Life gets harder for Thailand’s guest-workers
Feb 25th 2010 | BANGKOK | From The Economist print edition
THEY sew bras, peel shrimps, build blocks of flats and haul fishing-nets. In return, migrant workers in Thailand are paid poorly, if at all, and face exploitation and abuse at the hands of employers and the security forces. Up to 3m migrants, many undocumented and mostly from Myanmar, fall into this category. So a scheme to start registering this workforce and bring it into the legal fold sounds like a step forward. Migrants have been ordered to apply to their home countries for special passports so that they can work legally in Thailand and, in theory, enjoy access to public services, such as health care.
But the plan has run into practical and political difficulties, mostly among workers from Myanmar, who rightly fear their awful government and do not want to return home, even temporarily. Many are unaware of the registration drive. So the first applicants have come mostly from migrants from Laos and Cambodia, where the authorities are more willing to help.
The Thai government says 400,000 Myanmar nationals have so far joined the process. Under pressure, the Thai government has reportedly modified its original deadline of February 28th for filing papers. Now that is the deadline only for migrants to fill in a form agreeing to go through the “nationality verification” process. They have until the end of March to submit forms to their home government.
But Thailand has not lifted its threat to arrest and deport migrants who do not comply by the new deadline. The government apparently believes that unregistered foreigners are a security threat. This raises the spectre of mass expulsions on a scale not seen since the 1990s. Jorge Bustamante, a United Nations official in Geneva dealing with migrant rights, has said that this would breach Thailand’s human-rights obligations, since workers might also be asylum-seekers.
This argument is unlikely to sway a government that shows increasing contempt for refugees. In December it expelled more than 4,000 Hmong to Laos, including 158 refugees recognised as such by the UN. Most were packed off to a remote camp. A Thai-government spokesman has claimed that the 158 refugees were happy to be in Laos. Foreign diplomats in Bangkok, still fuming over the expulsion, doubt it.
Kicking out millions of migrants who do dirty, low-paid jobs would be unpopular with Thai companies. Too few locals are willing to take their place. Garment factories in Thai-Myanmar border towns such as Mae Sot would probably go bankrupt if they had to offer decent wages and benefits. Fisheries and plantations also depend on imported labour. The government, however, believes that deported workers would soon be replaced by others eager to escape misery in Myanmar.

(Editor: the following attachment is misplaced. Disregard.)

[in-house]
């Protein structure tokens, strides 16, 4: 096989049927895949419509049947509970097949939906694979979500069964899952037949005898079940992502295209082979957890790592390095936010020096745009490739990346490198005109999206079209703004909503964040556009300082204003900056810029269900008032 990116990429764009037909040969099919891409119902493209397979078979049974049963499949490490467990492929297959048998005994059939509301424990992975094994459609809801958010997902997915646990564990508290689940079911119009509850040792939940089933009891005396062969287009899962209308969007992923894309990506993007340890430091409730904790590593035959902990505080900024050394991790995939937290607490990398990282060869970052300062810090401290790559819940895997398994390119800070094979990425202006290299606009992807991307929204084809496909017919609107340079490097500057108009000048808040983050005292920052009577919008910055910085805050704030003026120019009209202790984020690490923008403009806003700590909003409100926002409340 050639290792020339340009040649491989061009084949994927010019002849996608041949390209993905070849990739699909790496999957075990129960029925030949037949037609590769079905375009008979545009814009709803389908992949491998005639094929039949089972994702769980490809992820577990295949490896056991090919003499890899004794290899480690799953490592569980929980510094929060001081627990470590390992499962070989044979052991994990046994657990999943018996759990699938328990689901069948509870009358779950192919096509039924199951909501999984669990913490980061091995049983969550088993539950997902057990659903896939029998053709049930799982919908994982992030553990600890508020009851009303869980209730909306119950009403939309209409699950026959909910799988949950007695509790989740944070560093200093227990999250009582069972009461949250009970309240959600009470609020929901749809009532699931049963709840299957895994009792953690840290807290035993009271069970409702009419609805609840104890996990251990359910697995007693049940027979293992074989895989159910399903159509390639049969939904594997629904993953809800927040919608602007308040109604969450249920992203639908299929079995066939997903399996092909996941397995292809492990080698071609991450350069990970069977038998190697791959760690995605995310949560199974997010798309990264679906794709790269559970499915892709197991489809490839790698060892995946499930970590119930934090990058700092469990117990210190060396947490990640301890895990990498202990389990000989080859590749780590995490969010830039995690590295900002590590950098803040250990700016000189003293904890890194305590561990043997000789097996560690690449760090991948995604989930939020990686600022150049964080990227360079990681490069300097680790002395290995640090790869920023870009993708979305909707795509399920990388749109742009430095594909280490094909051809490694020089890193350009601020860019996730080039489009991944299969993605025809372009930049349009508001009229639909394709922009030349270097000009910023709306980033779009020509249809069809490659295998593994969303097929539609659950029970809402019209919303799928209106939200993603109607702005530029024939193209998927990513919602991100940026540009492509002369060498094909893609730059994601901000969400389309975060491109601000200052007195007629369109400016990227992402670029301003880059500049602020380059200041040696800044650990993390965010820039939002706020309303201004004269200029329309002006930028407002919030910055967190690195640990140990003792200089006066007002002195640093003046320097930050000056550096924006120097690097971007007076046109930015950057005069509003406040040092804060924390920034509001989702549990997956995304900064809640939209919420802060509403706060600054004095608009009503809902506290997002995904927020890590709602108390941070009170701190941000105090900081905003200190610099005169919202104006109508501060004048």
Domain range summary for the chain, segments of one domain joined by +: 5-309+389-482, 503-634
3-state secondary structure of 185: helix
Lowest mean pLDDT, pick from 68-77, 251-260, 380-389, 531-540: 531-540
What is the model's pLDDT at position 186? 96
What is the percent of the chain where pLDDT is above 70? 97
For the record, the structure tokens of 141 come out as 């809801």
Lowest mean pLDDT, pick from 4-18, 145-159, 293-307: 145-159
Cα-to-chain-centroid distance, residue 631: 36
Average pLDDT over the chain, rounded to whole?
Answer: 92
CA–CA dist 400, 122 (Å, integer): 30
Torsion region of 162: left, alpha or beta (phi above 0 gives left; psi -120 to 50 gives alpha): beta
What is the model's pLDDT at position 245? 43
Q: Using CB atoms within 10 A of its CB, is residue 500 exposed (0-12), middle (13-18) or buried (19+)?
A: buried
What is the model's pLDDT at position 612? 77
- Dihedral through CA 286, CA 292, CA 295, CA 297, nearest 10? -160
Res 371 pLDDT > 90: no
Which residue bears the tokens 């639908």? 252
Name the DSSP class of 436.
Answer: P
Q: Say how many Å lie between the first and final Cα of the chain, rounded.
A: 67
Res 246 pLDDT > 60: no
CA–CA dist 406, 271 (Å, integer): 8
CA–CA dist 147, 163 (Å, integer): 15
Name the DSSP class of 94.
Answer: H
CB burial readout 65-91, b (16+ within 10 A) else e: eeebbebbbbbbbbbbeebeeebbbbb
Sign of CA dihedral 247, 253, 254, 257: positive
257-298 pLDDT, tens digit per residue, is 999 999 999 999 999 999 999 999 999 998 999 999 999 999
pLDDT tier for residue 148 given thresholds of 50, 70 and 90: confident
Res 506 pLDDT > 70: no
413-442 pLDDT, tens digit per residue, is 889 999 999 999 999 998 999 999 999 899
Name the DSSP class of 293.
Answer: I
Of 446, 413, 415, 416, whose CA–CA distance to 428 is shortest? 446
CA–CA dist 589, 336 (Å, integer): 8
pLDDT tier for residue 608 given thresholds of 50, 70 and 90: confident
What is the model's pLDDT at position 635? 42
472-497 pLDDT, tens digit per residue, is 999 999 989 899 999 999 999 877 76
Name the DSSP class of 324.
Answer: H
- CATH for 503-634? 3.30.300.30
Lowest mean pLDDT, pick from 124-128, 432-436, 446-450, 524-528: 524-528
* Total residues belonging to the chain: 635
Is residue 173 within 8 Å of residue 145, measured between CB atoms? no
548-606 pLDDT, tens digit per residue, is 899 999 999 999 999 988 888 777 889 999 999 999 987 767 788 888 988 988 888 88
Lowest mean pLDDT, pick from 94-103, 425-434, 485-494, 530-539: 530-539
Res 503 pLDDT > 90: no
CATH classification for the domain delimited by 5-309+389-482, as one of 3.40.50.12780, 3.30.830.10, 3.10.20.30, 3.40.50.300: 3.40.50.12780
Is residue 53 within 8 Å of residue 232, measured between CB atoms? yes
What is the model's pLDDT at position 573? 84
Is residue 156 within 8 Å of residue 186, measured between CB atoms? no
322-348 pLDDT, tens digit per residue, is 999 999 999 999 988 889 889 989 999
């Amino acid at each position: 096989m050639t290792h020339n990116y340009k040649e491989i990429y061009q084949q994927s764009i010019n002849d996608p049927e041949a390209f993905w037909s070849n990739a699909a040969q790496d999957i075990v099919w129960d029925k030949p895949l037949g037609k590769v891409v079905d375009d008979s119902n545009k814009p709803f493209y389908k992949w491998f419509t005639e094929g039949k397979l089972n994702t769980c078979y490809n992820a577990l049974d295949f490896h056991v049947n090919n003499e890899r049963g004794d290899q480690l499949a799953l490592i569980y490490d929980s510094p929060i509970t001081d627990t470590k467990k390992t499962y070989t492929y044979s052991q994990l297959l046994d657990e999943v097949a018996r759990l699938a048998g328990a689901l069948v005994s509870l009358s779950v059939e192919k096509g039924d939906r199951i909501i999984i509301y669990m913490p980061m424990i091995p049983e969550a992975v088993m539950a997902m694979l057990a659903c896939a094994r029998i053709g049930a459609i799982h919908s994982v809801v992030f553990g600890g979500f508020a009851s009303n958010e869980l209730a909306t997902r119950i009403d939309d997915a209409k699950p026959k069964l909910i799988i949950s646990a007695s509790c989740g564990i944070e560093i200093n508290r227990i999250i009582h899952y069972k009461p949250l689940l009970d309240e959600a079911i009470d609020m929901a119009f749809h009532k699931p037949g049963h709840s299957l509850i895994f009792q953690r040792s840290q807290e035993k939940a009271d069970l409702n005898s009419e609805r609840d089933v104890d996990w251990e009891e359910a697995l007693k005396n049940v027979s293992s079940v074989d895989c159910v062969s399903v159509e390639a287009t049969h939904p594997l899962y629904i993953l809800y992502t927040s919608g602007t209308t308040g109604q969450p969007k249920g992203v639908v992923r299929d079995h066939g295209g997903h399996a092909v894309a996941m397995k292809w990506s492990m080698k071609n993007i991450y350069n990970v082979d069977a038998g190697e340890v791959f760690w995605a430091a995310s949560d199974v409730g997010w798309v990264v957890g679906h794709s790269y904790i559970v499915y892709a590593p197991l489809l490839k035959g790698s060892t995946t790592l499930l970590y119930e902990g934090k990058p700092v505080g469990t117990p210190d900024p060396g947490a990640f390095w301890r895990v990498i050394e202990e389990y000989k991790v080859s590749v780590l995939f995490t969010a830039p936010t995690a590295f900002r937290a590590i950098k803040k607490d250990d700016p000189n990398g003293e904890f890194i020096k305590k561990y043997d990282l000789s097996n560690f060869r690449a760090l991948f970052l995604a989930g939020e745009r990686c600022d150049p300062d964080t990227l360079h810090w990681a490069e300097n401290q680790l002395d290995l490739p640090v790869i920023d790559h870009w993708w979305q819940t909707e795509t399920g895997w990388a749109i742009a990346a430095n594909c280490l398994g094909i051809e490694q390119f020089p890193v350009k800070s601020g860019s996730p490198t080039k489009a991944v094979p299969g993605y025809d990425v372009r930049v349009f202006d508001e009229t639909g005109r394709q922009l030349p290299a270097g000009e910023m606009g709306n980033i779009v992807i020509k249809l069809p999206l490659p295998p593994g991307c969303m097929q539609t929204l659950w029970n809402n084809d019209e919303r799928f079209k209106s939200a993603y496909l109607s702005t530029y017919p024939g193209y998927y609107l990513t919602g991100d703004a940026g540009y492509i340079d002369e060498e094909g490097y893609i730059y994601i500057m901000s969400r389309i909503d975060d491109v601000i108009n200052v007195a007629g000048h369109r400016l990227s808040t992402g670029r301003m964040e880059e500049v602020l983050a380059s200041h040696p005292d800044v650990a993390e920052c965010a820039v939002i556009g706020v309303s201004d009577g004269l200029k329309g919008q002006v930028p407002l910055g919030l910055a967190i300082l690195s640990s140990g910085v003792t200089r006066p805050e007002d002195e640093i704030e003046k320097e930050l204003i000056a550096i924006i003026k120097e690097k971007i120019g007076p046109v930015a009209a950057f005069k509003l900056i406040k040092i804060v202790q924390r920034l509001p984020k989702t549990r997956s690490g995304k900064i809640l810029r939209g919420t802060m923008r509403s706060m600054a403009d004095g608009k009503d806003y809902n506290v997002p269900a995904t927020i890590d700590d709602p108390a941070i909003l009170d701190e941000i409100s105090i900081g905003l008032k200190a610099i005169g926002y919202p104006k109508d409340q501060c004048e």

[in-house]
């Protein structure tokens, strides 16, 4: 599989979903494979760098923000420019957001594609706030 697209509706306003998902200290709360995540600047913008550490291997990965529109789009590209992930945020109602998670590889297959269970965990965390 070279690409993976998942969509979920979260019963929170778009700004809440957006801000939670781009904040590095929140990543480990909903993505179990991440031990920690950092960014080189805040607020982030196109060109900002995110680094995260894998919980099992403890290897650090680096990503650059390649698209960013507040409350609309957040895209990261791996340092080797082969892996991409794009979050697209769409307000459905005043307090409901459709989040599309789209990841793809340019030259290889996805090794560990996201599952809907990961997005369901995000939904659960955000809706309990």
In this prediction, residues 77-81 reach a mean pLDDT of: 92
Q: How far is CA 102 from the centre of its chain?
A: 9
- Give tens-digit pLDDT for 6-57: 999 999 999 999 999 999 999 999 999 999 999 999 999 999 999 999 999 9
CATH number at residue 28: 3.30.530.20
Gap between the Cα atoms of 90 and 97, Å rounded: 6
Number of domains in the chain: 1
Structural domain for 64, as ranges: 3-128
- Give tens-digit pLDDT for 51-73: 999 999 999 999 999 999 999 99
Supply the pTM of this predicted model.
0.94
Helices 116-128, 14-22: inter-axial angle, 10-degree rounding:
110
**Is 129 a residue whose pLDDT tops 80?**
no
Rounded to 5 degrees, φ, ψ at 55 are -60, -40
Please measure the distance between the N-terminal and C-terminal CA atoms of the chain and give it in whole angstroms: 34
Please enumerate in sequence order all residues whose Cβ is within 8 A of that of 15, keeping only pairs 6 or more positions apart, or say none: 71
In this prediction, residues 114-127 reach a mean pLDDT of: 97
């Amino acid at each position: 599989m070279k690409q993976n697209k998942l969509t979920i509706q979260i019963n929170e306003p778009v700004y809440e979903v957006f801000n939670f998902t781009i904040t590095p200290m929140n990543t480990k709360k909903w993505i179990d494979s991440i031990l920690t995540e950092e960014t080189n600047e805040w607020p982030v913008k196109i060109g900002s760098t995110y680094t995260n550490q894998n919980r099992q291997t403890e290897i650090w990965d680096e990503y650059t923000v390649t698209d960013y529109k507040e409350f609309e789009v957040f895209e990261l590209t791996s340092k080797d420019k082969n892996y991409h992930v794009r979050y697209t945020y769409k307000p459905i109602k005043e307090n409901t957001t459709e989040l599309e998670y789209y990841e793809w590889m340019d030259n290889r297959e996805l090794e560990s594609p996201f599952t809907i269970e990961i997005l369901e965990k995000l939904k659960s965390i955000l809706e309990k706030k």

Not all foreign workers are under the radar; over 1.3m migrants registered in 2009 for work permits under the old system. These are the workers whose nationality Thailand wants to verify first, before tackling the rest. But being a legal migrant in Thailand confers few benefits. Workers are still at the mercy of employers who can cheat them of their wages and dismiss them summarily. Complaining can be futile or worse. Workers face extortion, rape and even murder by the very officials supposed to be protecting them, according to Human Rights Watch (HRW), a watchdog that this week released a report on the abuses suffered by migrants. It noted that officials treat them like “walking ATMs”.
There is little reason to believe that holding a special passport would protect migrants from rapacious cops and stingy employers, says HRW’s Phil Robertson. Migrants will still be unable to travel freely or organise into unions. In some provinces it is illegal for them to use mobile phones. Labour-inspectors pay little heed.
Employers have the upper hand and can keep down labour costs, but at a price to Thailand’s competitiveness. Surveys of Thai workers show a steady decline in their productivity, says Pracha Vasuprasat, an expert on migration at the International Labour Organisation. An abundance of poorly paid migrants means less incentive to upgrade to a more skilled workforce. Thailand’s is not the only Asian economy hooked on cheap labour. Neighbouring Malaysia also depends on millions of guest-workers. So much so that its home minister, Hishammuddin Hussein, has suggested that, to lessen the dependence, political refugees be allowed to work.